that it was a new spectacle that suddenly broke upon James’s delighted vision. He had not seen gold coin before, nor had he dreamed that such an article could come out of the Michigan woods. It is not strange, therefore, that the backwoods boy was considerably elated over the sight. What a mint was to him later, that seventy-five dollars in gold was to him then.

“Why don’t you say something, mother?” exclaimed James, no doubt expecting that his mother would be as gushing as himself over the gold. The fact was, she could not have said anything if she had tried. What mother could in the circumstances? That great boy, as old as his father was when she became his bride, coming home with such proof of his filial love! Thinking of his mother more than he did of himself! Happy only in helping her! Who wonders that she sat mute as a marble statue? There was no language for such an occasion. All the Noah Websters in the world could not provide words for such a moment. A mother’s heart, at such a time, defies expression. At least, it was so with mother Garfield’s heart. It could have taken that strapping son to itself, and folded him like a baby again, and covered him over with kisses, which would have been only a figure of speech, but language was out of the question. James saw the point as soon as her tears dropped upon the gold coin. He could not exactly understand it, though, for he felt like hurrahing instead of crying, and he knew that his mother was glad that she could have a frame-house, for he had often heard her express a wish of that kind. So he could not quite understand it. Readers! it was because he was like all the rest of the boys and girls—they do not understand the mystery of a mother’s love.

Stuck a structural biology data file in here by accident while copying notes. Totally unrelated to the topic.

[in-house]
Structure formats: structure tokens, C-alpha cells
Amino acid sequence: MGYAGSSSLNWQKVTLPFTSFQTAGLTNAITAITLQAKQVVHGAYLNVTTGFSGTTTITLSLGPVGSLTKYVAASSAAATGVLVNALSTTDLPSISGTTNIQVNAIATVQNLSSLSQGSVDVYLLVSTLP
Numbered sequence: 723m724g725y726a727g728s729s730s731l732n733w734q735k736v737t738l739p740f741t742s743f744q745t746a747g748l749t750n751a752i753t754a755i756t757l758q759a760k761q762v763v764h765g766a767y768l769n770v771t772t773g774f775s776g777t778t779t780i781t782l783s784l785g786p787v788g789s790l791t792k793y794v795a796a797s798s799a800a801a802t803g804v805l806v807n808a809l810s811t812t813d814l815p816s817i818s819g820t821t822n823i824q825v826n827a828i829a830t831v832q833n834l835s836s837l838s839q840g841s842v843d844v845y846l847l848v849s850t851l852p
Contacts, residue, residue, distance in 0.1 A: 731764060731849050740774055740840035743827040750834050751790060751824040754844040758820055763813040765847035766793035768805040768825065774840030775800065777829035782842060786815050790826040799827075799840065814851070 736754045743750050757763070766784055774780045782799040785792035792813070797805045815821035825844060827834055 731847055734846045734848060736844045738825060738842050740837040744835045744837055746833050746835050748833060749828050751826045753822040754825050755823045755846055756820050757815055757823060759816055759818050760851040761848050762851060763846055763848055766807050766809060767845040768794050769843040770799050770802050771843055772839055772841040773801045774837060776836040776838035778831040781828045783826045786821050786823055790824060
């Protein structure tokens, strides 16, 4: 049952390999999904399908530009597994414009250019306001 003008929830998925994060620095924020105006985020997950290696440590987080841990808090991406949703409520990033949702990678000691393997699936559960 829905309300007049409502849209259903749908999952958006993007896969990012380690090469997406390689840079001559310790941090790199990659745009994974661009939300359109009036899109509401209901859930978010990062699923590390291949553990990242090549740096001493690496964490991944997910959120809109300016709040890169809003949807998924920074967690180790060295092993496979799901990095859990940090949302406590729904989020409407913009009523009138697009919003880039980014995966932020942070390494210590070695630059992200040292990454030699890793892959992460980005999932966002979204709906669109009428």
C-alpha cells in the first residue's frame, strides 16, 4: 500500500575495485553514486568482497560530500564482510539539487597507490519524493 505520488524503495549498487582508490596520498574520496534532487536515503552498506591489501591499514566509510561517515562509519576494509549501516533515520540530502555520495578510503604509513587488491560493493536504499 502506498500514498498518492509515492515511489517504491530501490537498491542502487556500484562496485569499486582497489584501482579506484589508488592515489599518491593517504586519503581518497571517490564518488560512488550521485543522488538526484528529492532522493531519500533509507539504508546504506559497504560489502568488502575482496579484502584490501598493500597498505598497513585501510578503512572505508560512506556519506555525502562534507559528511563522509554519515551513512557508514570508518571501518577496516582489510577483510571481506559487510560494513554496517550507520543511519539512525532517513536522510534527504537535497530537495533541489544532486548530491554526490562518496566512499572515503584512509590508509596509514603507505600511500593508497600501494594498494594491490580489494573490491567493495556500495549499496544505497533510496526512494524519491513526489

The excitement of the hour passed, however, and the equilibrium of feeling and daily duties was restored.

“I’m off again, mother, as soon as I get you into the new house,” said Thomas. “There’s plenty of work in Michigan, and I must be doing it.”

“Well, you must manage it to suit yourself. I suppose that Mr. Treat can be had any time to put the house up.” Mr. Treat was the carpenter.

“I will find out. I can work with him, and we’ll make a quick job of it.”

“I’ll work, too,” said James. “I can carry boards, drive nails, and do other things.”

“You can draw the sand, too, Jimmy,” replied Thomas.

“Sand! What do you do with sand?” exclaimed James, forgetting that mortar was necessary. It was excusable, however, since he was familiar only with mud, that made the log-house tight.

“To make mortar with, of course; we must have mortar for plastering,” Thomas answered. “I can get lime, bricks, nails, and windows at Cleveland.”

“And you’ll take me along with you, I s’pose,” suggested James.

“Yes; I can chuck you in most anywhere. Perhaps I shall need your help.”

James had not been to Cleveland at that time. It was but a small place, of about a thousand inhabitants, though growing rapidly.

“How long will you be gone to Cleveland?” inquired James.

“One day only; can’t spare any more time. A long day, perhaps.”

“When shall you go?”

“Just as soon as I have engaged Mr. Treat.”

  By PanEris using Melati.

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